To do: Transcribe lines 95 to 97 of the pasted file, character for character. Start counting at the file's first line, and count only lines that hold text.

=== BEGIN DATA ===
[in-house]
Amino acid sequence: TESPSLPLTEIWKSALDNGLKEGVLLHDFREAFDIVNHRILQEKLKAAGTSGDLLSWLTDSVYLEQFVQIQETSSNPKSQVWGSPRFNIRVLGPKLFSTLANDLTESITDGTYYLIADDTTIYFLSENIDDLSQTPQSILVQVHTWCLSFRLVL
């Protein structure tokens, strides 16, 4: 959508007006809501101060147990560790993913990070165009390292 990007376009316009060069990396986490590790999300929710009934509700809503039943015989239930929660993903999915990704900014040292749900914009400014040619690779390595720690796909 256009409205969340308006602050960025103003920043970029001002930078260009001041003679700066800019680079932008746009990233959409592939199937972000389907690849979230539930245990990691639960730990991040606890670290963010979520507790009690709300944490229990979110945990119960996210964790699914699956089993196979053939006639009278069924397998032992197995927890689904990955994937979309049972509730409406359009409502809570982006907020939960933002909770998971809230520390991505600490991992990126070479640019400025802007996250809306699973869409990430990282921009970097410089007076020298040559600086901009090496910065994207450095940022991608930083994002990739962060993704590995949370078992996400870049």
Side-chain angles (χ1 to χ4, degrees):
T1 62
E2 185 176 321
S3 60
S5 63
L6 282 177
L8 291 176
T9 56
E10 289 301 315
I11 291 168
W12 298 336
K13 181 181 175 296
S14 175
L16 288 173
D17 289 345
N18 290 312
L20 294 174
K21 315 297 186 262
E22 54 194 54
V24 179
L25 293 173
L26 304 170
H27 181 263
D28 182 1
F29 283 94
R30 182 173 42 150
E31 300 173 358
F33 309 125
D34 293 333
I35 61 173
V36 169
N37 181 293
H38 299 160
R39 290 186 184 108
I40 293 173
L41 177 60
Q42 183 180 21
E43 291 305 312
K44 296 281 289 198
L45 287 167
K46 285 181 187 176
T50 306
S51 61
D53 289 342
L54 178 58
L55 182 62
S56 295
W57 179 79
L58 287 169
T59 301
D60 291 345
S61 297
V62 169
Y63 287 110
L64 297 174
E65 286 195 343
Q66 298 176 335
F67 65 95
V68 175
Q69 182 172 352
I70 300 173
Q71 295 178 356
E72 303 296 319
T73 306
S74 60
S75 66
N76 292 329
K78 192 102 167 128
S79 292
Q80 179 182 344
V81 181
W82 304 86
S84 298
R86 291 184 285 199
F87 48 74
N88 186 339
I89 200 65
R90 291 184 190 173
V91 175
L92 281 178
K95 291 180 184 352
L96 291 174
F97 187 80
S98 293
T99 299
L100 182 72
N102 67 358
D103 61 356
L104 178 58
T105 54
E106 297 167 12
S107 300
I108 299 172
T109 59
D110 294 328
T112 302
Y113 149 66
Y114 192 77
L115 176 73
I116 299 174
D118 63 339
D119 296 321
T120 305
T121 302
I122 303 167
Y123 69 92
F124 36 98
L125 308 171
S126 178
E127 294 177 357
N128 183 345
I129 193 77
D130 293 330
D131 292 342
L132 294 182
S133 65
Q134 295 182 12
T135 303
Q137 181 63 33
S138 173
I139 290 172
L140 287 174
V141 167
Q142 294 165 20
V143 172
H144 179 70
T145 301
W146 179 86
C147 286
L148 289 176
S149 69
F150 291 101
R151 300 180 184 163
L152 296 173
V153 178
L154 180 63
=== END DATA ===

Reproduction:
S107 300
I108 299 172
T109 59